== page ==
If you want to emulate the compiler, you can create your own TextWriterFormat value from a string using the Printf.TextWriterFormat type in the Microsoft.FSharp.Core.Printf module.

If the format string is “inline”, the compiler can deduce the type for you during binding:

let format:Printf.TextWriterFormat<_> = "A string: %s"
printfn format "Hello"

But if the format string is truly dynamic (e.g. stored in a resource or created on the fly), the compiler cannot deduce the type for you, and you must explicitly provide it with the constructor.

In the example below, my first format string has a single string parameter and returns a unit, so I have to specify string->unit as the format type. And in the second case, I have to specify string->int->unit as the format type.

let formatAString = "A string: %s"
let formatAStringAndInt = "A string: %s. An int: %i"

//convert to TextWriterFormat
let twFormat1  = Printf.TextWriterFormat<string->unit>(formatAString)
printfn twFormat1 "Hello"
let twFormat2  = Printf.TextWriterFormat<string->int->unit>(formatAStringAndInt)
printfn twFormat2  "Hello" 42

I won’t go into detail on exactly how printf and TextWriterFormat` work together right now – just be aware that is not just a matter of simple format strings being passed around.

Finally, it’s worth noting that printf and family are not thread-safe, while Console.Write and family are.

How to specify a format

The “%” format specifications are quite similar to those used in C, but with some special customizations for F#.

As with C, the characters immediately following the % have a specific meaning, as shown below.


We’ll discuss each of these attributes in more detail below.

Formatting for dummies

The most commonly used format specifiers are:

  • %s for strings
  • %b for bools
  • %i for ints
  • %f for floats
  • %A for pretty-printing tuples, records and union types
  • %O for other objects, using ToString()

These six will probably meet most of your basic needs.

Escaping %

The % character on its own will cause an error. To escape it, just double it up:

printfn "unescaped: %" // error
printfn "escape: %%"

Controlling width and alignment

When formatting fixed width columns and tables, you need to have control of the alignment and width.

You can do that with the “width” and “flags” options.

  • %5s, %5i. A number sets the width of the value
  • %*s, %*i. A star sets the width of the value dynamically (from an extra parameter just before the param to format)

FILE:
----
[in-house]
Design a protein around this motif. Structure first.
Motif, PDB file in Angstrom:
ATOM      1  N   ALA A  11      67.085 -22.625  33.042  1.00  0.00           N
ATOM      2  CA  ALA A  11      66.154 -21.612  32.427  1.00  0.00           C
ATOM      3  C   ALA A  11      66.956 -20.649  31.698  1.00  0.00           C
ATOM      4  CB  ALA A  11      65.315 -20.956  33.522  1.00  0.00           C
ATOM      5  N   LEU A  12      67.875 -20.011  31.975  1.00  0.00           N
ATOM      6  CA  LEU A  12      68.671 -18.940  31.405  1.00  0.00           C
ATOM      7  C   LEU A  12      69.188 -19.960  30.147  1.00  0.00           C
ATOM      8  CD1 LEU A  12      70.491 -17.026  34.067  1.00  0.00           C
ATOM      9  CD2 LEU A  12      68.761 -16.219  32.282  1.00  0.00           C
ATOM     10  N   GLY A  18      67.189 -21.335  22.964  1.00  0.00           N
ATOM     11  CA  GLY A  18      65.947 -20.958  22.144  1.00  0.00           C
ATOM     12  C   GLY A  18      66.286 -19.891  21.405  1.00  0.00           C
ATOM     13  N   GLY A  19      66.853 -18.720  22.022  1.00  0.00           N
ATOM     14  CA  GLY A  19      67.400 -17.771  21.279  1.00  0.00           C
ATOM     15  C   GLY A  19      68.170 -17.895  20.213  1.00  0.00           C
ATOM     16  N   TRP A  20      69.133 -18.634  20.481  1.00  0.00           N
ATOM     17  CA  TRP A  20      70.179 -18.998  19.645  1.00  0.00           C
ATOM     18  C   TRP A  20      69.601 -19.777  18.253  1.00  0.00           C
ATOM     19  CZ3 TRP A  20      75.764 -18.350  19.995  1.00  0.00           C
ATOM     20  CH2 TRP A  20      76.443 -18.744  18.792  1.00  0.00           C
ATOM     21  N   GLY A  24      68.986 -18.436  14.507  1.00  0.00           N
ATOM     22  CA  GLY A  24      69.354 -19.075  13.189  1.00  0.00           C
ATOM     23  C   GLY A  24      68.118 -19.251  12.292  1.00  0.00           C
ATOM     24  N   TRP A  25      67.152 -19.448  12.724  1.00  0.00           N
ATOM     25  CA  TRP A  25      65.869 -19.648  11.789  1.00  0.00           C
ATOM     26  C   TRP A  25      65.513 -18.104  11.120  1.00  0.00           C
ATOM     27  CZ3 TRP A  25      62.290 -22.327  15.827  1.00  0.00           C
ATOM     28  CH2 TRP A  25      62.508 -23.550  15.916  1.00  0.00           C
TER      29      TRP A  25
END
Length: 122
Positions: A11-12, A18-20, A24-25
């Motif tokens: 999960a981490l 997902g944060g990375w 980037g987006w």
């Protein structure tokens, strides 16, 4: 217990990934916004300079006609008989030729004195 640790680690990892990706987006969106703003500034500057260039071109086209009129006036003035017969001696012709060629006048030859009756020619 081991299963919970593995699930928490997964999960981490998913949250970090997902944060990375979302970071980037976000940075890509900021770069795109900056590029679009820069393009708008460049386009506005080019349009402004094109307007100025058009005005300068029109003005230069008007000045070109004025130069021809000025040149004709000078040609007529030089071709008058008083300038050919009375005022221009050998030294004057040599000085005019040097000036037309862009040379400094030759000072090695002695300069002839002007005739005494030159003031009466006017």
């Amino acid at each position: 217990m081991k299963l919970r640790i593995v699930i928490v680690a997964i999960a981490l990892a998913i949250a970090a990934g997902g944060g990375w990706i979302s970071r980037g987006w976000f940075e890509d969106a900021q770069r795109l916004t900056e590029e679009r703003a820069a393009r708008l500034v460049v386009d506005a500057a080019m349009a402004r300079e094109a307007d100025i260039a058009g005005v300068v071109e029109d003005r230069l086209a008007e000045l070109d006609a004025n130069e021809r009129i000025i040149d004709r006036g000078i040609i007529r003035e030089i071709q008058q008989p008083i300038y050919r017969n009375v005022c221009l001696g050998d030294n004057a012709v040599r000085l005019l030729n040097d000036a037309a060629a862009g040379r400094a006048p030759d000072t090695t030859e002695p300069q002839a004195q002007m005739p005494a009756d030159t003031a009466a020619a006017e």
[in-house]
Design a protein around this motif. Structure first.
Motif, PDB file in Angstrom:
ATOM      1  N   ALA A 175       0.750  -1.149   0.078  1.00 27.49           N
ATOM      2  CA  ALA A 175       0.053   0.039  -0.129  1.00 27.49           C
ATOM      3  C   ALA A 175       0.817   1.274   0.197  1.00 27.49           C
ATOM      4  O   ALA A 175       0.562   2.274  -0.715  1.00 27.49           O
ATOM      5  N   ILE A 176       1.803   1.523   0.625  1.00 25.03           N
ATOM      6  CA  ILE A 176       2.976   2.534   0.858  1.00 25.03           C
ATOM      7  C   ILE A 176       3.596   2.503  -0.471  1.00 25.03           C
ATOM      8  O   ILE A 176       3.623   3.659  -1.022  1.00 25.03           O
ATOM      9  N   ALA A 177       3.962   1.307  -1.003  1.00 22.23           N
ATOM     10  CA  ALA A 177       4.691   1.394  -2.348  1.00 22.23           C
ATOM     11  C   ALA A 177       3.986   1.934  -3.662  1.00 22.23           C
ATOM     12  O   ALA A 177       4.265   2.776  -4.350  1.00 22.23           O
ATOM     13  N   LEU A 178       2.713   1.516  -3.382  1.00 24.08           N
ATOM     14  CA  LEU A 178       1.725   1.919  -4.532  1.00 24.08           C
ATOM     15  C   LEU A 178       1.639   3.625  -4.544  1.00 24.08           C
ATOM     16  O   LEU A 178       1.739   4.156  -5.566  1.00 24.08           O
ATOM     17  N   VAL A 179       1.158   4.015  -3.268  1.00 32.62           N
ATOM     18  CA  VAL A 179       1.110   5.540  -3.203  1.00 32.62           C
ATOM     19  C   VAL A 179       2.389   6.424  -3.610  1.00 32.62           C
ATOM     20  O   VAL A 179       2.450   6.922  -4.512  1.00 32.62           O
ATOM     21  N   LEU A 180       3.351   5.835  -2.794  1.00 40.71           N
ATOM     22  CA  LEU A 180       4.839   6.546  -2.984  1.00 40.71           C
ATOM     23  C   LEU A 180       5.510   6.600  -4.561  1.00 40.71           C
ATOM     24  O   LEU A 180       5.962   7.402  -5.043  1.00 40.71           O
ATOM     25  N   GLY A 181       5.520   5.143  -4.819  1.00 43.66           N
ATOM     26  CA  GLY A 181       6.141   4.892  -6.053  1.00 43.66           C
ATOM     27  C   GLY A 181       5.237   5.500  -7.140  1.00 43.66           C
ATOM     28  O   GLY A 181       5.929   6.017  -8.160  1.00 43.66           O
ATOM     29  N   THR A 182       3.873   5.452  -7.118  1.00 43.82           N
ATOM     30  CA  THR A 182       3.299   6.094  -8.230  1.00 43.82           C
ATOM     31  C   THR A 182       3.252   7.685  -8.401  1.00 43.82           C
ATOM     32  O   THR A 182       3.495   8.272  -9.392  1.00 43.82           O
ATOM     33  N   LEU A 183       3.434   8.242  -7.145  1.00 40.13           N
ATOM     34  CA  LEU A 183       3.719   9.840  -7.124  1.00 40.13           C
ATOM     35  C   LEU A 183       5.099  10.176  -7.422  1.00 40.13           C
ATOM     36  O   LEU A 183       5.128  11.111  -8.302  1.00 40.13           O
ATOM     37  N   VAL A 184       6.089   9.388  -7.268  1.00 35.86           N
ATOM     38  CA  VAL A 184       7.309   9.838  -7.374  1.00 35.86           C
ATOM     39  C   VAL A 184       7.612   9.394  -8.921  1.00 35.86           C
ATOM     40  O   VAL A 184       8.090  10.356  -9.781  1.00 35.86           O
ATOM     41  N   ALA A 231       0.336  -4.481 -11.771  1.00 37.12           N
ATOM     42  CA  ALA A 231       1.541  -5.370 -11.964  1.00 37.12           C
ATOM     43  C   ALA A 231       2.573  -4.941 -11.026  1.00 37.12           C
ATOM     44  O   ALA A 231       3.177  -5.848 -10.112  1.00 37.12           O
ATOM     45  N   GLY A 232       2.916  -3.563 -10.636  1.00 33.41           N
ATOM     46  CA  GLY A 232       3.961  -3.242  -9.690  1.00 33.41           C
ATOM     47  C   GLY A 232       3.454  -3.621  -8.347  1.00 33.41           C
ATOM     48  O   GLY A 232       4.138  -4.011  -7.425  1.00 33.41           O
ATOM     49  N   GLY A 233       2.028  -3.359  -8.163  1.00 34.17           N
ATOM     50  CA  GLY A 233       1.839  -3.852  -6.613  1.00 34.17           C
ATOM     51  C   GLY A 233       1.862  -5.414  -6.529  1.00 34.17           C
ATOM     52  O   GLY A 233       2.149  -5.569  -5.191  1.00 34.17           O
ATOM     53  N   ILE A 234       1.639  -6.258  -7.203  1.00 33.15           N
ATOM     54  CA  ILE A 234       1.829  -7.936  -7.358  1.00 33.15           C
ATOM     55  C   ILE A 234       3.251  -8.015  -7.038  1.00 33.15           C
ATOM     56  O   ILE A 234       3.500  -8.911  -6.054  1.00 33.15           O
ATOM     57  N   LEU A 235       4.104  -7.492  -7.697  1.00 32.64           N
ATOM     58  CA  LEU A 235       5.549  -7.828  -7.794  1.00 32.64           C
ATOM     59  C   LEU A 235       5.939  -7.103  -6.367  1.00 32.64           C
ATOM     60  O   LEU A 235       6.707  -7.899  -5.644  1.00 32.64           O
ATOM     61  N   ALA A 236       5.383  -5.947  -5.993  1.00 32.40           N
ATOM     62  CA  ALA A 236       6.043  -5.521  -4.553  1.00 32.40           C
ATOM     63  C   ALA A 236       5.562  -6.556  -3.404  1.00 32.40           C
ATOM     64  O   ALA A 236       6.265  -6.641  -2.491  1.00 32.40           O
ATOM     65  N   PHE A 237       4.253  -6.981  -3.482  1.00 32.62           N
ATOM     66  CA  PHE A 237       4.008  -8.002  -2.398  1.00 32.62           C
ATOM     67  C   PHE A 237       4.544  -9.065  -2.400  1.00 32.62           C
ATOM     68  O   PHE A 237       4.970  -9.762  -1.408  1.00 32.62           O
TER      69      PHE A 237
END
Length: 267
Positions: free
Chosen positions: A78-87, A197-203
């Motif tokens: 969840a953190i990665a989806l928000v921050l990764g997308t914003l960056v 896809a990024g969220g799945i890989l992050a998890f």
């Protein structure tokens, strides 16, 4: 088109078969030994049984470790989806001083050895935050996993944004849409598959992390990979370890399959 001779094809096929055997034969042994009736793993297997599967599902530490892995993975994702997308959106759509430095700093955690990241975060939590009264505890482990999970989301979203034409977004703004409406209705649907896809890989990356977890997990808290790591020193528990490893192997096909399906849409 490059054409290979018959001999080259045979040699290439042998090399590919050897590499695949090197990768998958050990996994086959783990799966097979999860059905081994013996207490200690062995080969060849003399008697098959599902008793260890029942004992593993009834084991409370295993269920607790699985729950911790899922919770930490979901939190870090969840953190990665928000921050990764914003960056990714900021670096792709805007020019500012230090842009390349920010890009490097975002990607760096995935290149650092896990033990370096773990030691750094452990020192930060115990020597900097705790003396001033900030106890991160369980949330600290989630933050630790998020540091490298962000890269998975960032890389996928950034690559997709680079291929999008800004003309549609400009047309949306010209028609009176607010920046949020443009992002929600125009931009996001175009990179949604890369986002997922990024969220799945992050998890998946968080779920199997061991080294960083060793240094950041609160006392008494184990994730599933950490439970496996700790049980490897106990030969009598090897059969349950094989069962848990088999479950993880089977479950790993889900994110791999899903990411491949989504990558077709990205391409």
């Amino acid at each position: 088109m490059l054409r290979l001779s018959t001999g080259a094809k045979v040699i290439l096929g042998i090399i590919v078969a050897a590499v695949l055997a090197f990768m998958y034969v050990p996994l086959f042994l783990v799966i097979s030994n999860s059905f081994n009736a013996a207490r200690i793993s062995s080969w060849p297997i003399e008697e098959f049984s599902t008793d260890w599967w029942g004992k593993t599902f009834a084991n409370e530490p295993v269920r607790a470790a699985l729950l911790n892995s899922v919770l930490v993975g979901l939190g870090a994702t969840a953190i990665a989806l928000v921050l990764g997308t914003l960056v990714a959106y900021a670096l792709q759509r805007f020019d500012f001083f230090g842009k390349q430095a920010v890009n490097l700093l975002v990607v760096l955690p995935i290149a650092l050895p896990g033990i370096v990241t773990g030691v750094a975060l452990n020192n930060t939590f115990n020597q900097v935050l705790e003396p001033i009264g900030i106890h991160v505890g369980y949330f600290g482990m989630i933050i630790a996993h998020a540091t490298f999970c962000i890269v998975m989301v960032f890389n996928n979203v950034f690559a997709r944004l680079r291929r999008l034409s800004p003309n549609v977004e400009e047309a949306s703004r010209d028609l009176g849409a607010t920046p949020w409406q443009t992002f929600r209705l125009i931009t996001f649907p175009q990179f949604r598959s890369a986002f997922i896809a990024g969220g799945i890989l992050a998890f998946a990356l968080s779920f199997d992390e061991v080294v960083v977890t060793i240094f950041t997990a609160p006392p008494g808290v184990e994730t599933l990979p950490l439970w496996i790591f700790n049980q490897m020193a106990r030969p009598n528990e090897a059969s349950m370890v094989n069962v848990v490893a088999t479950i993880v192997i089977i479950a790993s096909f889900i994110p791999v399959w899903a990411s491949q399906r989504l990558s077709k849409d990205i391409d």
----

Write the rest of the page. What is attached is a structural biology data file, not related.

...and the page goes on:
• %-s, %-i. A hyphen left justifies the value.

Here are some examples of these in use:

let rows = [ (1,"a"); (-22,"bb"); (333,"ccc"); (-4444,"dddd") ]

// no alignment
for (i,s) in rows do
    printfn "|%i|%s|" i s

// with alignment
for (i,s) in rows do
    printfn "|%5i|%5s|" i s

// with left alignment for column 2
for (i,s) in rows do
    printfn "|%5i|%-5s|" i s

// with dynamic column width=20 for column 1
for (i,s) in rows do
    printfn "|%*i|%-5s|" 20 i s

// with dynamic column width for column 1 and column 2
for (i,s) in rows do
    printfn "|%*i|%-*s|" 20 i 10 s

Formatting integers

There are some special options for basic integer types:

  • %i or %d for signed ints
  • %u for unsigned ints
  • %x and %X for lowercase and uppercase hex
  • %o for octal

Here are some examples:

printfn "signed8: %i unsigned8: %u" -1y -1y
printfn "signed16: %i unsigned16: %u" -1s -1s
printfn "signed32: %i unsigned32: %u" -1 -1
printfn "signed64: %i unsigned64: %u" -1L -1L
printfn "uppercase hex: %X lowercase hex: %x octal: %o" 255 255 255
printfn "byte: %i " 'A'B

The specifiers do not enforce any type safety within the integer types. As you can see from the examples above, you can pass a signed int to an unsigned specifier without problems. What is different is how it is formatted. The unsigned specifiers treat the int as unsigned no matter how it is actually typed.

Note that BigInteger is not a basic integer type, so you must format it with %A or %O.

printfn "bigInt: %i " 123456789I  // Error
printfn "bigInt: %A " 123456789I  // OK

You can control the formatting of signs and zero padding using the flags:

  • %0i pads with zeros
  • %+i shows a plus sign
  • % i shows a blank in place of a plus sign

Here are some examples:

let rows = [ (1,"a"); (-22,"bb"); (333,"ccc"); (-4444,"dddd") ]

// with alignment
for (i,s) in rows do
    printfn "|%5i|%5s|" i s

// with plus signs
for (i,s) in rows do
    printfn "|%+5i|%5s|" i s

// with zero pad
for (i,s) in rows do
    printfn "|%0+5i|%5s|" i s

// with left align
for (i,s) in rows do
    printfn "|%-5i|%5s|" i s

// with left align and plus
for (i,s) in rows do
    printfn "|%+-5i|%5s|" i s

// with left align and space instead of plus
for (i,s) in rows do
    printfn "|% -5i|%5s|" i s

Formatting floats and decimals

For floating point types, there are also some special options:

  • %f for standard format
  • %e or %E for exponential format
  • %g or %G for the more compact of f and e.
  • %M for decimals

Here are some examples:

let pi = 3.14